So we’ve had our solar panels installed for three months and inspired by my friend SomeBeans I thought I’d write a blog post to comment on the experience.
We had our panels installed by Joju (a link to us as a case study here) in early June – just about when the sunny weather stopped and we started the least sunny summer for 18 years. Our estimated generation is 2,300 kWh each year so a fraction over 900 kWh for what should be the sunniest months of the year is slightly disappointing – hopefully better weather would lead to another 10% or so but then when do we ever have a sunny summer….
Because of the shape and configuration of our roof we ended up with installing some high end Sanyo panels which gives us a total installed capacity of 2.88 kWh – basically these panels are a bit smaller so we could fit more on the back roof and if we wanted to put some cheaper ones on the other then we would need two inverters which would be more expensive anyway.
(The highest number I’ve spotted being generated is 2,798W)
Our roof faces roughly SW which means that the panels don’t start working properly until after 10 in the morning but then keep going after that.
The installation cost about £13,000 and we’ve just had a cheque for about £400 based on 900kWh. Of course that doesn’t take into account what is saved in consumption
(For ease of comparison we pay roughly 20p per kWh for first 225kWh per quarter followed by 10p – interestingly we get paid 3.1p for each kWh for the export tariff)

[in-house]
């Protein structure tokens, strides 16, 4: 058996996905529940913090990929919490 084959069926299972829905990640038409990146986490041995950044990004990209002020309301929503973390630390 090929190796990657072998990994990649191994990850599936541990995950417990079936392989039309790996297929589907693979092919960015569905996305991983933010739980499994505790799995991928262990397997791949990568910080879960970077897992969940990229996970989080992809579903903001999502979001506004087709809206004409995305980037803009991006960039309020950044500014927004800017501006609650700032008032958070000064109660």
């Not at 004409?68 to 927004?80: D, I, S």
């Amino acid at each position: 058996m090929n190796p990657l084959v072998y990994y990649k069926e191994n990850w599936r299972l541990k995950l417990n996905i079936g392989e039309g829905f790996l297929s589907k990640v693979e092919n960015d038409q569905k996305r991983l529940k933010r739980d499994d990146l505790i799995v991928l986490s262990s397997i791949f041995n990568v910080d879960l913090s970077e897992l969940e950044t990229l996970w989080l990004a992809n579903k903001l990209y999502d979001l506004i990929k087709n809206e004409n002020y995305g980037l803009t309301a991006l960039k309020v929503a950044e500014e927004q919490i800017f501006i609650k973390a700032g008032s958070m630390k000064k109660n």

The estimate is half used so on that basis it’s a further £45 – I suspect it’s more than that however as we are making an effort to do as much as possible when it’s sunny.
All this is tax free.
If we assume an interest rate of 3% over 20 years then our £13,000 would turn into £23,479.45 (that makes no allowance for tax)
|Reading Date||Reading||Incremental Value kWh||End Date||End Reading|
Changes to our consumption
It’s quite hard to tell because we had a faulty meter last year but saving a third seems like a good guess.
As we don’t have a smart meter (even though it’s less than a year old) the energy company assumes that we consume 50% of our generated power and export the other 50% – this means that we were paid for 450 kWh. What this assumption means is that when we’re generating anything we use is effectively free!
|Bill period||Number of days||Total||Daily Average|
|22/07/11 – 10/09/11||51||343||7|
|06/06/11 – 21/07/11||46||275||6|
|22/04/11 – 05/06/11*||45||407||9|
|31/01/11 – 21/04/11||81||916||11|
* We were on holiday for a week during this period